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PDPW DAIRY’S BOTTOM LINE
Thursday, August 19, 2021 | E5
Learn from mistakes HANK WAGNER
Everyone fails and makes mistakes; there are no perfect human beings. Many people perceive failure as a bad thing and we may choose strong – even damaging – language to reprimand a child, employee, family member or even a stranger w h e n they’ve made a misWagner take. However failure can be a positive experience; it can certainly yield positive results. If we follow a deliberate four-step process it’s possible to learn important life-altering lessons and reduce the chance of the unpleasant experience from happening again. All four steps in this process must be accomplished in succession to obtain the maximum benefit. Step one is to acknowledge the mistake. That may
If a person chooses to not accept at least partial responsibility for the mistake their mind will be locked into blaming someone or something else, preventing them from exploring ways to learn from the failure. In such cases, it’s likely the mistake will be repeated.
The focus should be on creative idea generation and learning.
sound like a simple step but for many it isn’t. Sometimes it seems that the circumstances that contributed to the mistake are outside our control. Often when a mistake happens some of the first words spoken are, “It wasn’t my fault!” The statement is then followed by a list of reasons – excuses – why the blunder really wasn’t their fault. If a person chooses to not accept at least partial responsibility for the mistake their mind will be locked into blaming someone or something else, preventing them from exploring ways to learn from the failure.
In such cases, it’s likely the mistake will be repeated. Step two is to learn from the mistake. That is best accomplished by asking one of my favorite questions: “What can I do differently so this never happens again?” Here is where the magic begins to happen. Instead of making excuses or blaming another, the focus is on creative idea generation and learning. It can be very hard to get a person to that mode of thinking after they just had the unpleasant experience of a mistake or failure, but it can be very rewarding. Many people don’t realize that when we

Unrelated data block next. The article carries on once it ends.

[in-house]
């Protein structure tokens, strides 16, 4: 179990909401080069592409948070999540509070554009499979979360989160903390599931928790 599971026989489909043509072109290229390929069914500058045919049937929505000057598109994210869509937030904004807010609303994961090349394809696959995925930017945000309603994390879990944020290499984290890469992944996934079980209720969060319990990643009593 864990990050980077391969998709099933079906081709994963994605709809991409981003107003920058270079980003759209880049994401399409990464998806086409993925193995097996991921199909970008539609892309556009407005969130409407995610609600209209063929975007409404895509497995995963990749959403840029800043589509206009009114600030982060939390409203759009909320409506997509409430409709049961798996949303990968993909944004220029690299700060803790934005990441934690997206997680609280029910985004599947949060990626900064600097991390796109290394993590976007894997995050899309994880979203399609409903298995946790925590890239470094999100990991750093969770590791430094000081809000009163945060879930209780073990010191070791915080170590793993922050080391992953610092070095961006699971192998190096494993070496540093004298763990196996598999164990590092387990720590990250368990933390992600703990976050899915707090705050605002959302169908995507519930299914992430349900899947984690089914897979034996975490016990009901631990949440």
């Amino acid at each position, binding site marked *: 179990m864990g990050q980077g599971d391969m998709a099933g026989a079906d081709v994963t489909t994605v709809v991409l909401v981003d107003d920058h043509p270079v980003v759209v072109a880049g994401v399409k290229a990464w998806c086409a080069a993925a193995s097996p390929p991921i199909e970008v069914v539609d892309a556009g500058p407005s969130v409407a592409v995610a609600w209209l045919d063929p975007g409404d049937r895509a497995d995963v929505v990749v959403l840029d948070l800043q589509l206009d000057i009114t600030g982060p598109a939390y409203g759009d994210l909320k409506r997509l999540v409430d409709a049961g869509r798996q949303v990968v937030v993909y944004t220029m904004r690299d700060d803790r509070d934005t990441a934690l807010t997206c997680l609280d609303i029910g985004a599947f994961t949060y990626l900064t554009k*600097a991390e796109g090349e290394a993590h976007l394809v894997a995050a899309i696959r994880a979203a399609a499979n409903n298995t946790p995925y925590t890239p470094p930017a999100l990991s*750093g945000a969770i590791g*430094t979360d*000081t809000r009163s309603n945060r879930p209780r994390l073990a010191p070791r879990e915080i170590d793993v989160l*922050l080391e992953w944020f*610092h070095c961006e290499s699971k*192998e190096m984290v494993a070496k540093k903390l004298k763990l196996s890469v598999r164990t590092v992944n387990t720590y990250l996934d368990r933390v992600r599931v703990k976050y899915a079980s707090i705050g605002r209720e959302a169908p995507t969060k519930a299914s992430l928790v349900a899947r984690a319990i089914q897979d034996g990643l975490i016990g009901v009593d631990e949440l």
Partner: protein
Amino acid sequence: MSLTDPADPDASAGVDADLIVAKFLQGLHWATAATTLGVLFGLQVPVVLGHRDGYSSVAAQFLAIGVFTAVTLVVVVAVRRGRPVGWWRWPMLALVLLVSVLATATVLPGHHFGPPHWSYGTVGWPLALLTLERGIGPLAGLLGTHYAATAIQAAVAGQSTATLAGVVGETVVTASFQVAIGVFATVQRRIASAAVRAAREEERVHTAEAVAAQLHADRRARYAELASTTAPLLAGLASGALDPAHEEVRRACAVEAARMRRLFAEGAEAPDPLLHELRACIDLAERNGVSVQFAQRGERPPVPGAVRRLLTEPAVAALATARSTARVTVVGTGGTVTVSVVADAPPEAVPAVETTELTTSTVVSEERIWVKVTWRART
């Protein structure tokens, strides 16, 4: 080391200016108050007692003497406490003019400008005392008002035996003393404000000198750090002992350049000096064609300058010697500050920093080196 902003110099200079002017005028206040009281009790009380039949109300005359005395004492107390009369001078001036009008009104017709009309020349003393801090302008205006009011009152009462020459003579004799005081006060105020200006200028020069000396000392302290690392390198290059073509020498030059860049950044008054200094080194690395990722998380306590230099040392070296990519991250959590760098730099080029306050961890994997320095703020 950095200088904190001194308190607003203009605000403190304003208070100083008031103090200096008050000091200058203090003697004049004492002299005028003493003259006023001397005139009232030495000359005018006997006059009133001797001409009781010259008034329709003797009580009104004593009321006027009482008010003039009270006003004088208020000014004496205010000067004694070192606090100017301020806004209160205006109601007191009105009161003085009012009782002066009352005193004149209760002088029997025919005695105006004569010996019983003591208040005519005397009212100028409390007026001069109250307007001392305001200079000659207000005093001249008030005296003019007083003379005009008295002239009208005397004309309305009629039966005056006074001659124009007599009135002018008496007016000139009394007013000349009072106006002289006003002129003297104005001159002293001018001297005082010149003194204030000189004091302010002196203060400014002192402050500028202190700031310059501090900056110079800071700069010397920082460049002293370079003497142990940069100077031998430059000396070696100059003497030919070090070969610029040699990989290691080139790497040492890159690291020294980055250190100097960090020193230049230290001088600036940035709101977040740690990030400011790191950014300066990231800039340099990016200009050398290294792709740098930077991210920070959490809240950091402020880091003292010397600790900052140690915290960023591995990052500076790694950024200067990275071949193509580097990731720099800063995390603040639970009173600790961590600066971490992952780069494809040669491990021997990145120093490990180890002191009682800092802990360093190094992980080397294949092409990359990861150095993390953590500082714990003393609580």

come up with our own ideas to change something we are already subconsciously programming ourselves to take steps in the right direction. Step three is to make the adjustment. We must be intentional about putting the learning into practice. It may require us to change our thinking about something or program ourselves to alter a negative habit. Both can be very difficult to do. We may need to ask for help from others to remind us of our commitment to make the adjustments. Choosing an accountability partner can be a great way to hold ourselves accountable
while also receiving support and encouragement along the way. The final step is to move on. Though potentially difficult, when steps one through three are diligently followed, learning has likely happened and hopefully opportunities were discovered to avoid the same scenario in the future. No need to blame anyone, including yourself. It was a mistake; all people make them. You have already harvested learning from it, forgive yourself and move on. The four-step process can be extremely helpful to take family members or employ-
ees through when unfortunate things happen. I have found it is most valuable when we consistently take ourselves through this process as we encounter mistakes and failures in our own lives. Regularly repeating the process in our own lives sets the stage for a life of continual improvement. It also helps allay the fear of failure when we recognize the value in learning from mistakes.